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#7

go to the movies

Here in Canada I've met several very pretty Canadian girls of Indian descent who absolutely claim that they learned Hindi from watching Hindi movies at home, ones with subtitles. Sounds like a great plan, doesn't it? So I picked up five Hindi movies from my sister-in-law's house recently but only one of them had subtitles. But I'm watching them anyway. Ah, it's a good way to start and it makes the learning process more enjoyable nonetheless. I learn foreign languages very slow so I really asked them if they were serious... they all grew up learning English only.

As for me, I can still only bargain with an autorickshaw wallah in Hindi, seeing as I know my numbers, and a few other basic phrases that make me feel marginally smart but I bet just make me sound like an idiot. It's worth a shot.

If find anything online or similarly easy ways to do it, post the info here!
#8 Feb 18th, 2003, 13:28
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I think Mikes advice of sitting with somebody in a shop, which shouldn't be a problem in England, is a good advice. Only the grammatical base you will most probably have to learn from a book. The way of teaching languages in India is quite different from the one we are used to in the western world. While here language teaching is very much focused on teaching grammar rules, in India a language is mainly thaught by reading and reading texts without bothering much abt the grammatical explanations. So Indians will many times not be able to answers your questions abt grammar, unless they themselves are quite higly educated.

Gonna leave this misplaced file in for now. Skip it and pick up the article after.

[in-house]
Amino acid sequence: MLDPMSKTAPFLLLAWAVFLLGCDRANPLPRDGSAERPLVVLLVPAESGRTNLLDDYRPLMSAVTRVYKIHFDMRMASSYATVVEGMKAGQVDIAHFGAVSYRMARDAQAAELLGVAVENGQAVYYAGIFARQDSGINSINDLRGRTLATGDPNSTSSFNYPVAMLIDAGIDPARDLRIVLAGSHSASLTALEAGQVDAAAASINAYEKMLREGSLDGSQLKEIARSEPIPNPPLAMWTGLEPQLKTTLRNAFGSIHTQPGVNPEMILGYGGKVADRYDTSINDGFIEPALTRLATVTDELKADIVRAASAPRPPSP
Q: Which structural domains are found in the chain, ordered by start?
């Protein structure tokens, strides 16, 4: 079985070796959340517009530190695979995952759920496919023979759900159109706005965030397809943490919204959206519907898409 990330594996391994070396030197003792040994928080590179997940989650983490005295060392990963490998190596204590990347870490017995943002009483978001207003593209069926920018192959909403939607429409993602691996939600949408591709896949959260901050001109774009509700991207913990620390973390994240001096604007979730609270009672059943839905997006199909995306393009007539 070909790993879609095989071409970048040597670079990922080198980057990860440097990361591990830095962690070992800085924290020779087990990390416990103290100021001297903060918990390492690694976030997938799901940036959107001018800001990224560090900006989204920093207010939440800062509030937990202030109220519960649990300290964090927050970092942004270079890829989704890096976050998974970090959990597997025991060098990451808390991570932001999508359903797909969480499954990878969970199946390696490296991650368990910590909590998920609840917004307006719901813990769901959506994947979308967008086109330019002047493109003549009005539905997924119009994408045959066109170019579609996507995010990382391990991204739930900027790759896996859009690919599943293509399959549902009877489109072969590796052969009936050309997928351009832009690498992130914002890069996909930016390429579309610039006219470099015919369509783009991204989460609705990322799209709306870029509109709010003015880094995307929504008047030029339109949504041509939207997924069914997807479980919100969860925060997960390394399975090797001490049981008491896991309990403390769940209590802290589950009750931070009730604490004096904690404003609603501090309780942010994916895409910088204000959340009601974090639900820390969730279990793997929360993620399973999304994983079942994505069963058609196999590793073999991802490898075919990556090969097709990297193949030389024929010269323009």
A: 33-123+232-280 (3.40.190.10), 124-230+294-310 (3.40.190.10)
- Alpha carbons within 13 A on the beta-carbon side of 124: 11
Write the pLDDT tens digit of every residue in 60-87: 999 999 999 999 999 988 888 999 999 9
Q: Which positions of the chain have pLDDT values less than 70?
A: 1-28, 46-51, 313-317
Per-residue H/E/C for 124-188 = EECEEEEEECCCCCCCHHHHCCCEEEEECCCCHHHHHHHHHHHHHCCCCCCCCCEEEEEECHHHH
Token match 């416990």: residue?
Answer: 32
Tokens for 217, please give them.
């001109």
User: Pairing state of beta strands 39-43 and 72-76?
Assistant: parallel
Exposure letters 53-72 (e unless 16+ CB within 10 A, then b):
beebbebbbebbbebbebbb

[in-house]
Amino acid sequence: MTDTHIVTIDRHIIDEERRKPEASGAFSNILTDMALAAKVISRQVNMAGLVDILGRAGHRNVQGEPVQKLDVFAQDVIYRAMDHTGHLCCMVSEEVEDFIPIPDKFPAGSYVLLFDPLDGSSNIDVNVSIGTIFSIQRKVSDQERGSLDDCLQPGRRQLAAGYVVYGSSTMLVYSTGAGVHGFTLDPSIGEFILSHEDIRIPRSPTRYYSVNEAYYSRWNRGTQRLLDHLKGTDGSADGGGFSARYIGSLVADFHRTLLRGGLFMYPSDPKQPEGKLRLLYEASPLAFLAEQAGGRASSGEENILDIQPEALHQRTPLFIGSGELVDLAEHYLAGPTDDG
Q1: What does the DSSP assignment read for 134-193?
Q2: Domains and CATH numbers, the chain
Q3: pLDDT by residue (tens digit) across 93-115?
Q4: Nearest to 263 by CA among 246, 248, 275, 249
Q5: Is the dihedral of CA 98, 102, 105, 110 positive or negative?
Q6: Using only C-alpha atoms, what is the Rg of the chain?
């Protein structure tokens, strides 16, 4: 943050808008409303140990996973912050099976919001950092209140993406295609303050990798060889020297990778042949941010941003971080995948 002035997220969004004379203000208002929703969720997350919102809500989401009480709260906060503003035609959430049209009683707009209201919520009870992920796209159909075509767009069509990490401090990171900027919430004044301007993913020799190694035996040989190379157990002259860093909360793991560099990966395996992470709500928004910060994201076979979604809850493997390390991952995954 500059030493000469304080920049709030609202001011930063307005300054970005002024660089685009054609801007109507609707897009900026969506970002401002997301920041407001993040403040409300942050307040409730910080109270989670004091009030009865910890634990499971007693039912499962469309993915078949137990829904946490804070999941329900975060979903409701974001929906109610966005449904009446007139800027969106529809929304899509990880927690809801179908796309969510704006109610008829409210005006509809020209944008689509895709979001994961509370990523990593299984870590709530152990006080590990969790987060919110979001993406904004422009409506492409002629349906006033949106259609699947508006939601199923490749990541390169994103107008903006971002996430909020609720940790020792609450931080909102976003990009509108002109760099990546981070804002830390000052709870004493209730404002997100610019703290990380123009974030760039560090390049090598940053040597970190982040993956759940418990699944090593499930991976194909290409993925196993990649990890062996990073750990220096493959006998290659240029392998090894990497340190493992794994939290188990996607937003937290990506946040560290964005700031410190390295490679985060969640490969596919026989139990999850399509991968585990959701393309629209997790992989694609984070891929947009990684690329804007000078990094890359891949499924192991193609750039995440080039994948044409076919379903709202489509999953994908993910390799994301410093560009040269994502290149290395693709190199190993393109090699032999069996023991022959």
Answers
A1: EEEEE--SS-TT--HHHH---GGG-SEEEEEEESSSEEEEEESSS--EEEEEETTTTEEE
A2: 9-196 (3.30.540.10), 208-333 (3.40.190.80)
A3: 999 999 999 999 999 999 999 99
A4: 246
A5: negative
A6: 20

#9 Feb 18th, 2003, 22:24
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It's hard to get fluent. I learnt because, as you know, I'm trying to live in India long term, i.e. until I die naturally. But it's hard for two main reasons.

A -- The sounds in Hindi aren't exactly the same as the sounds in English. So, there's a special way to transliterate into English to make sure you're pronouncing everything properly. What that means in practice is that if you buy a phrasebook or learn Hindi course, the phrases that you read in English won't be phonetic, they will be pronounced a different way to the English spelling.

B -- It takes ages until you can have a conversation, and so you lose your momentum. It seems to be practice, practice, practice -- and never get to speak to anyone.

But there's a way around this. Of course, the easiest way to learn a language is to fall in love with and move in with someone who only speaks that language. You'll be fluent in a month.

If not, then I started with the Hugo book, Hindi in Three Months. This book doesn't teach you to read and write. It consists of the kind of Hindi that Hindi speakers actually use, and it completely focuses on you speaking as fast as possible. The best thing is that it doesn't stick to the official transliteration where it isn't phonetic, but often gives the nearest rhyming word in English.